Merge's Blog

When it comes to giving positive feedback, remote teams often get forgotten

Today’s blog post is another video strategy – this time #11 – in our series on tips to lead remote teams.  Today’s pointer is to make a deliberate effort to give your staff positive feedback.

Make a deliberate effort to give your staff positive feedback

It’s very important to praise ALL your employees.  Praise is a huge motivator and is highly effective at keeping team morale and productivity high.  But when it comes to offering praise and positive feedback, your off-site employees are usually the forgotten ones.  See, most leaders offer feedback and praise in a very informal way: usually it comes to mind when you see the employee in the office – at the water cooler, or at the photocopier.  You see the employee, and you remember to thank them for staying late to solve a problem, or congratulate them on a great presentation to the senior management team.  But because employees in your remote teams don’t have the opportunity to bump into you, they don’t always come to mind.  In order to make sure that they receive praise and positive feedback, you have to put in a deliberate effort.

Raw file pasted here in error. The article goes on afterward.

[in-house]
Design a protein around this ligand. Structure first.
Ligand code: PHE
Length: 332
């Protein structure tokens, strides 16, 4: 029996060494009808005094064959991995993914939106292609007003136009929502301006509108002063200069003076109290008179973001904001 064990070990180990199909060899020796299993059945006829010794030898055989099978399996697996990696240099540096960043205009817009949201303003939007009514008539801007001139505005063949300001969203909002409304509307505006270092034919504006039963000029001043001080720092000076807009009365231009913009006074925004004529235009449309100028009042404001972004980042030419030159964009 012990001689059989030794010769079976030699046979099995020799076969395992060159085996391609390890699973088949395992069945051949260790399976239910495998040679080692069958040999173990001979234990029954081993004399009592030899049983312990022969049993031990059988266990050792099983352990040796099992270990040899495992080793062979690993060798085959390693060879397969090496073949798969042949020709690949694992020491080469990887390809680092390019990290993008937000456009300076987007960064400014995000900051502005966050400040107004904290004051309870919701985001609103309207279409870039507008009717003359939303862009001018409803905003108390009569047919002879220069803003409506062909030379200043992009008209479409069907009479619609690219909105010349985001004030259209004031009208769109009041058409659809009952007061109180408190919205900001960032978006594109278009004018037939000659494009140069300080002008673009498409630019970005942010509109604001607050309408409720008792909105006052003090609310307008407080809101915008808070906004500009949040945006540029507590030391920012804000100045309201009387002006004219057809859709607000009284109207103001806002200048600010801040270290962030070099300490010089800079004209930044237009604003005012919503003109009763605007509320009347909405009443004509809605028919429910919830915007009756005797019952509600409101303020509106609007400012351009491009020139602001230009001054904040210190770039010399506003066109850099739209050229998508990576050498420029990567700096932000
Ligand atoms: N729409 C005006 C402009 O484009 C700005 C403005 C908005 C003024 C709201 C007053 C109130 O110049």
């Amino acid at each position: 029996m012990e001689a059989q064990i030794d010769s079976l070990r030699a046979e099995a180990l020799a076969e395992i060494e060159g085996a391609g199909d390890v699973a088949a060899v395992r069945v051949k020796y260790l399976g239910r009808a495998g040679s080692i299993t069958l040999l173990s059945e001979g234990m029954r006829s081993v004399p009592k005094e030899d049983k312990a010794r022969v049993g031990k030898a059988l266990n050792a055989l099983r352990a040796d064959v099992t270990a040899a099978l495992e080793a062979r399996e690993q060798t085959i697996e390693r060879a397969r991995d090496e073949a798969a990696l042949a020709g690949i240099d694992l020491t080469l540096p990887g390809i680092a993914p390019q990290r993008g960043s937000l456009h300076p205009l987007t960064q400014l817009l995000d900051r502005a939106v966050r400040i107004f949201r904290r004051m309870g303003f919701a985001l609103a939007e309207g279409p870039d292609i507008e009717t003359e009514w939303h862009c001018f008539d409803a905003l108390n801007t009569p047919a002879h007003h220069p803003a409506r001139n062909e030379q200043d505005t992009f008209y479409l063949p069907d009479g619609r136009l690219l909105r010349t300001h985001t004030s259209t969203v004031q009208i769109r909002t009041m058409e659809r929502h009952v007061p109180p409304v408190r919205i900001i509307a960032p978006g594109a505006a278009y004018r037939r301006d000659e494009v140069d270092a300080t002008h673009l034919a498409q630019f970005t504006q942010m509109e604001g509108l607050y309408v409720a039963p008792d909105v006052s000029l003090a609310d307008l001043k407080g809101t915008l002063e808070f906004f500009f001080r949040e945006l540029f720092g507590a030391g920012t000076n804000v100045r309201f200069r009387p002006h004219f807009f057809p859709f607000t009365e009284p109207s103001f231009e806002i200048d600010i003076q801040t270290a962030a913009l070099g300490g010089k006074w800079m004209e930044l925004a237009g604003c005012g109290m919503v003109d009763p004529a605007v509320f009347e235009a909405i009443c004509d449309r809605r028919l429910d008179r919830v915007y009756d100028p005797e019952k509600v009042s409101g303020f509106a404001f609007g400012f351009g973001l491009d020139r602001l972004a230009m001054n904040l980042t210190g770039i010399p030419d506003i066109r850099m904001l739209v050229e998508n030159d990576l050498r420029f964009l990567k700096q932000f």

Don’t forget to implement Merge’s S-S-T rule

This is also where Merge’s S-S-T rule comes into play.  S-S-T stands for Specific, Sincere and Timely.  Make sure your praise is specific, not general.  Sincere is self-explanatory.  Timely means within 24 hours of you finding out about whatever it is you are praising or giving positive feedback on.  The 24-hour window is important.  Because if you don’t do it within 24 hours, it won’t happen at all.  You’re busy, it is will slip your mind, and even though you have the best of intentions, you won’t get around to it.  So treat the 24-hour window as a hard deadline.  The actual positive feedback doesn’t have to be fancy – a quick phone call, a brief voice mail or even an e-mail works wonders.  But DO IT.

I’d love your thoughts on today’s tip?  Do you find that you’re good about giving positive feedback to your remote team employees if you don’t see them?  Or does out of sight inadvertently also become out of mind?  Please share your thoughts by commenting below.

If you haven’t had a chance to watch some of the earlier strategies in this series, follow these links below:

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